Entering bearings in COGO command

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Entering bearings in COGO command

Postby cbunker » Thu Jan 10, 2008 8:16 am

We just ran across an issue here in our office where we found out that MSCAD 2005 will accept bearings that "don't make sense", essentially. One of our technicians entered a bearing with 65', rather than 5', and MSCAD accepted the value, rounded the degrees up by one, and changed the minutes to 5' - I guess this is a good thing, but it's just something to be aware of in your QA procedure - MSCAD won't generate an error message to indicate this kind of typo to the user, so it has to be caught in the review process.

I did a little further testing, with an extreme case as follows:

1 S87°53'55"E dist= 27.183 N= 0.000 E= 0.000 2 T
Bearing input=191.6565 Distance Input=10
--> notice the bearing rounded OK, but the distance was completely off

1 S42°22'07"W dist= 27.183 N= 0.000 E= 0.000 2 T I
--> the resulting inverse, bearing is completely different here from the original calc


1 N46°01'10"E dist= 10.000 N= 27.028 E= 25.515 3 T
Bearing input=145.6070 Distance Input=10
--> a simpler test, result is as expected.

I'm not looking for a solution here, this is more of a head's up to everyone, just to be aware that the person doing the data entry can easily make a mistake and not be aware of it. And if you're not doing a diligent, line-by-line comparison to the source of the data, the reviewer may miss it as well.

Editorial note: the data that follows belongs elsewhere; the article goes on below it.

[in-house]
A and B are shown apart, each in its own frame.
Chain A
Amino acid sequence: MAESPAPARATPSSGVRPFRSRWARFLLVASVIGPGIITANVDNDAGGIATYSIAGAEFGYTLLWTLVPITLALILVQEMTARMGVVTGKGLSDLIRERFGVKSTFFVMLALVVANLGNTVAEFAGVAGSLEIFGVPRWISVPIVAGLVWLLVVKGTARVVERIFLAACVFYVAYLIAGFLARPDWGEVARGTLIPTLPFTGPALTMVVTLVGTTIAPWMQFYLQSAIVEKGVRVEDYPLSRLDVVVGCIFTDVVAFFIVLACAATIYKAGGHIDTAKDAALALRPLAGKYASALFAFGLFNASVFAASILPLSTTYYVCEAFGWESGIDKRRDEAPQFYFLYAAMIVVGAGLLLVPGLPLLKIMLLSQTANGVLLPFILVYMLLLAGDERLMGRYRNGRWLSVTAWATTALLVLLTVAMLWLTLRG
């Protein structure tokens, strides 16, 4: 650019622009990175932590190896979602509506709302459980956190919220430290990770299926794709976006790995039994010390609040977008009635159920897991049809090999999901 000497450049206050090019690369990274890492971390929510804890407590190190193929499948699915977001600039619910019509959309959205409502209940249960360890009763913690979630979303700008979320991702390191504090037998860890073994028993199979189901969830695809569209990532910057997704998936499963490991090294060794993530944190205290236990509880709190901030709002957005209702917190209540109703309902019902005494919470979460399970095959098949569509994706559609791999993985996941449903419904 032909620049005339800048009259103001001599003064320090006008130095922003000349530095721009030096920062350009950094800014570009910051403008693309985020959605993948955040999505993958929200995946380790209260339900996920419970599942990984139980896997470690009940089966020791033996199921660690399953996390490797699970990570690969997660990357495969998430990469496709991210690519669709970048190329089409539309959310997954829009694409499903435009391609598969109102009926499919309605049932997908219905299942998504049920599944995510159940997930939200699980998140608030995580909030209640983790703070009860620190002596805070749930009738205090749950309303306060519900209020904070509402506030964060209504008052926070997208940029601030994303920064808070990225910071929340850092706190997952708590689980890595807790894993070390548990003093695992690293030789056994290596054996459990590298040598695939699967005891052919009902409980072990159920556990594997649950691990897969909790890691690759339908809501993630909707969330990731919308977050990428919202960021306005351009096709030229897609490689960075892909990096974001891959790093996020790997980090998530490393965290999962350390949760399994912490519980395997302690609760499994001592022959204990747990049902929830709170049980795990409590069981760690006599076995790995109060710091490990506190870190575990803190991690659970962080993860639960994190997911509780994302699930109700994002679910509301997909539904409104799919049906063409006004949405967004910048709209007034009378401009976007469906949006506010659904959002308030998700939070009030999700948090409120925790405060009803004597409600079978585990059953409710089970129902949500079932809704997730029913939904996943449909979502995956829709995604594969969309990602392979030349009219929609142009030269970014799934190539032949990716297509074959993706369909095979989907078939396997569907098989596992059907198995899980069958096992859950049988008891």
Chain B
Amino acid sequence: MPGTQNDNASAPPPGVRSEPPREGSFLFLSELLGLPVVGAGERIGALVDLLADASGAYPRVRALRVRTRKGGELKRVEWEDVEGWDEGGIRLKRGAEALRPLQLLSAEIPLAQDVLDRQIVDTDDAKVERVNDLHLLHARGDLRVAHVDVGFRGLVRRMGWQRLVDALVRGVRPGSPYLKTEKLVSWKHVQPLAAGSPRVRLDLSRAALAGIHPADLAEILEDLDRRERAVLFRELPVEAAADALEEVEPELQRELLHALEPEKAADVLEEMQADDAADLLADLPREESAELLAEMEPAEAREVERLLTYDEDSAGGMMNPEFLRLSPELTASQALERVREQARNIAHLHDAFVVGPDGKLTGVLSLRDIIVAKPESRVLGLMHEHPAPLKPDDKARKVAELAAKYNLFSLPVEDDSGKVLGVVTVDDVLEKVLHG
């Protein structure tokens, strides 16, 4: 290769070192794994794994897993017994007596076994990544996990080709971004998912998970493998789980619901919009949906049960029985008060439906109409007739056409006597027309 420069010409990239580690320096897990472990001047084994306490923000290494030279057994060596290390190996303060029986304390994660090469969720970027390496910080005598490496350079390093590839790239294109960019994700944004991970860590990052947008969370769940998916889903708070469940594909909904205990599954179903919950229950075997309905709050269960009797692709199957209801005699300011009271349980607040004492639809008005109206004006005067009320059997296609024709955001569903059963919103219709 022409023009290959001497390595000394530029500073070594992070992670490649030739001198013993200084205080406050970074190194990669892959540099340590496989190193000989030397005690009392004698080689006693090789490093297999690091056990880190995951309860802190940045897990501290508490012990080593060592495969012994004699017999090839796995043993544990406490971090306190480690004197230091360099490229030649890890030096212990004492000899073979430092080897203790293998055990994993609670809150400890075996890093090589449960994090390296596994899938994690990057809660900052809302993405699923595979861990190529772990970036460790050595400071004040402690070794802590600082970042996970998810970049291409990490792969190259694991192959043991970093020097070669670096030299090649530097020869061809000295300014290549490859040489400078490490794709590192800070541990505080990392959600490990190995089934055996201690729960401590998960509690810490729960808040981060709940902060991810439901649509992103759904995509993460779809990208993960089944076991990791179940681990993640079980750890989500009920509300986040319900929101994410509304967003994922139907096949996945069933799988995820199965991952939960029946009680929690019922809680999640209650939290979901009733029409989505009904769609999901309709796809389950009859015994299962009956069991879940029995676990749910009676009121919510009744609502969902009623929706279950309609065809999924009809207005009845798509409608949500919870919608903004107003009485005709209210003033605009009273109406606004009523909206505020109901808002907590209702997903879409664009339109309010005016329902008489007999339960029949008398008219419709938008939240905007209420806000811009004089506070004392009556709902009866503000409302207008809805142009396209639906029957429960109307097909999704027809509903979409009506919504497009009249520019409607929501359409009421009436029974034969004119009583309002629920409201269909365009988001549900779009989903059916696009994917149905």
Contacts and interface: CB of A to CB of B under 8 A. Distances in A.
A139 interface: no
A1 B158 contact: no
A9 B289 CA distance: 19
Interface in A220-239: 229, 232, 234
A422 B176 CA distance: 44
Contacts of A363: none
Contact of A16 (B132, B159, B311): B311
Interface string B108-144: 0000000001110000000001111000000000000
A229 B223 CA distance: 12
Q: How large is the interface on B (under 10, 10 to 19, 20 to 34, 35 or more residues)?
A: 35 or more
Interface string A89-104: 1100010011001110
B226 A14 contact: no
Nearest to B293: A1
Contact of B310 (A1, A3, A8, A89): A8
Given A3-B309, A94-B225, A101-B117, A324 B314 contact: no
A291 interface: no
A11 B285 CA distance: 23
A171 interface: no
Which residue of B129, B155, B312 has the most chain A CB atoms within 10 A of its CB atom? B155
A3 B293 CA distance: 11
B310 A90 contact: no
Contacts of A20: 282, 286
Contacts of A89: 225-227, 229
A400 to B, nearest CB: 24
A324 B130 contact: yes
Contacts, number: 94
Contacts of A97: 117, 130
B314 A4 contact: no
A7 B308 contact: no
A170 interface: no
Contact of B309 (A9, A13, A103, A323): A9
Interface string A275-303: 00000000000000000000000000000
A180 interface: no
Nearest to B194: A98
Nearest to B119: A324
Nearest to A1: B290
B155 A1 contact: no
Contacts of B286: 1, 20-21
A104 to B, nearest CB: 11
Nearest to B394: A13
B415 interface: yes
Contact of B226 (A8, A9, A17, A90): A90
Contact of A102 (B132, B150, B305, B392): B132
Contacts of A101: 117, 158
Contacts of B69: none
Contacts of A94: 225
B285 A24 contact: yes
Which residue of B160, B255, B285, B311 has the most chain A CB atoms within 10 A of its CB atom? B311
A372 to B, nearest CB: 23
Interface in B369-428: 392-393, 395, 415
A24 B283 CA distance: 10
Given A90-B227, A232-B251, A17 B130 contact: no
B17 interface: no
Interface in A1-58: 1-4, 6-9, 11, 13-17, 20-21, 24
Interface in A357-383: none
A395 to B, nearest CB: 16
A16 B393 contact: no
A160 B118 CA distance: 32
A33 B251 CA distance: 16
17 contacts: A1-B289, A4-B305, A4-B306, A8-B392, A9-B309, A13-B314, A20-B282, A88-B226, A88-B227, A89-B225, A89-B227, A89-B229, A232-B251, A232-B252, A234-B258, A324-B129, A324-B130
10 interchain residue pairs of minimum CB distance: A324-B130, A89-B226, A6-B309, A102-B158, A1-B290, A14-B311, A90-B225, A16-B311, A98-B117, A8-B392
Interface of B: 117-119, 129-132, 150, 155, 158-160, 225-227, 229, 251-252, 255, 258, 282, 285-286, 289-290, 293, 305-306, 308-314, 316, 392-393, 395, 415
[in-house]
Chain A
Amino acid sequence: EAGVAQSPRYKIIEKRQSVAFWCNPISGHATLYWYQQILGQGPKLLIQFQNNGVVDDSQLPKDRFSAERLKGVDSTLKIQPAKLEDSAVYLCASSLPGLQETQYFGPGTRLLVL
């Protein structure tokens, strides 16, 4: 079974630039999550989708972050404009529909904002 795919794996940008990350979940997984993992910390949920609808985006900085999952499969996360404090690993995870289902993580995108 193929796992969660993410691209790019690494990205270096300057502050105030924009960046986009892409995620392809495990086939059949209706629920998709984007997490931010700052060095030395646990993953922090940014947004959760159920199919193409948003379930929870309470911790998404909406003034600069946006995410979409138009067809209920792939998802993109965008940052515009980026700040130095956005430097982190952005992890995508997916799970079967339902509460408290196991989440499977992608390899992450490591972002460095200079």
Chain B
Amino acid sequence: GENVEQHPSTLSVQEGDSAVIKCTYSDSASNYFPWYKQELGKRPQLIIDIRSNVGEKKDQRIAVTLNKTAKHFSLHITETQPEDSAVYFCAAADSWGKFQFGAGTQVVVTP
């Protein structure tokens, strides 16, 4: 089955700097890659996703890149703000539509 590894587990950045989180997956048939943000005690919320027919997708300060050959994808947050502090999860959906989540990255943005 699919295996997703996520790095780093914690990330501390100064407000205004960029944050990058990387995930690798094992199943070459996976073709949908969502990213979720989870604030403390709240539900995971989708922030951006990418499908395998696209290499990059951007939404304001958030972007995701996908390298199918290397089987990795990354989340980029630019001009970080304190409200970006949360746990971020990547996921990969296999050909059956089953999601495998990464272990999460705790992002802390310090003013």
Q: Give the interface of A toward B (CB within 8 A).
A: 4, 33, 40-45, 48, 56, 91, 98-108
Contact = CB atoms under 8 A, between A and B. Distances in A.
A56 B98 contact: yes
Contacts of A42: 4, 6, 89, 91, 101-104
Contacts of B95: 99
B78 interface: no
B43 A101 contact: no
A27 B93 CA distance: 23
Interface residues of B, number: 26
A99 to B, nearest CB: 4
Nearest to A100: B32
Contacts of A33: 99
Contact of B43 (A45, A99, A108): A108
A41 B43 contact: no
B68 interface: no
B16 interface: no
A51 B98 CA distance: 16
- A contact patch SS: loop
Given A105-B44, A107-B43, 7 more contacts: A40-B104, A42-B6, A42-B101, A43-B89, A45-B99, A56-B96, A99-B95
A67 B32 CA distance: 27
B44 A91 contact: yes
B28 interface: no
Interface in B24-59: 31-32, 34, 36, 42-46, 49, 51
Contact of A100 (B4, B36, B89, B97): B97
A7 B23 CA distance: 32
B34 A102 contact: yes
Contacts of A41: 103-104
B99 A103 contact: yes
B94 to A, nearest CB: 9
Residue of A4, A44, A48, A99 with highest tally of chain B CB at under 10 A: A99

Chris
Chris Bunker, BMath, O.L.S., C.L.S.
T. A. Bunker Surveying Ltd.
150 John St. N., P.O. Box 1180
Gravenhurst, ON P1P 1V4
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Postby Glen Cameron » Thu Jan 10, 2008 9:36 am

No matter how we handle this, human entry errors are always something that will cause problems if they are not caught. Whether we round off bearings or not will not catch human entry errors. Humans checking humans can catch some errors but also miss others - that is the nature of humans. The rounding and conversion of what may seem to be faulty bearings, is a tool that can be used by people that have problems adding two bearings correctly, and can enter in the number directly so we do the conversion for them.

I went to a clean new drawing and entered in a single point at 0,0,0 and then used the bearing and distanc eiput you used, here are my results in MicroSurvey CAD 2008 SP#1.

Enter Quadrant Bearing like QDD.MMSS:<Backup>Bearing used = S87°53'55"E
Options: C#=-*/sin/cos/tan... or Pt..Pt(+-*/) a Distance
Enter the Distance: <Backup>Distance used = 10.000000
Pick or Enter the Solve Point: <2>(Backup Toggles):
Enter Description:<>:
1 S87°53'55"E dist= 10.000 N= -0.367 E= 9.993 2
Bearing input=191.6565 Distance Input=10

I am not sure why yours would show something different than you entered for the horizontal distance.
Glen W. Cameron, C.E.T.
City of North Bay, Ontario
Glen Cameron
 
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Location: Corbeil, Ontario, Canada


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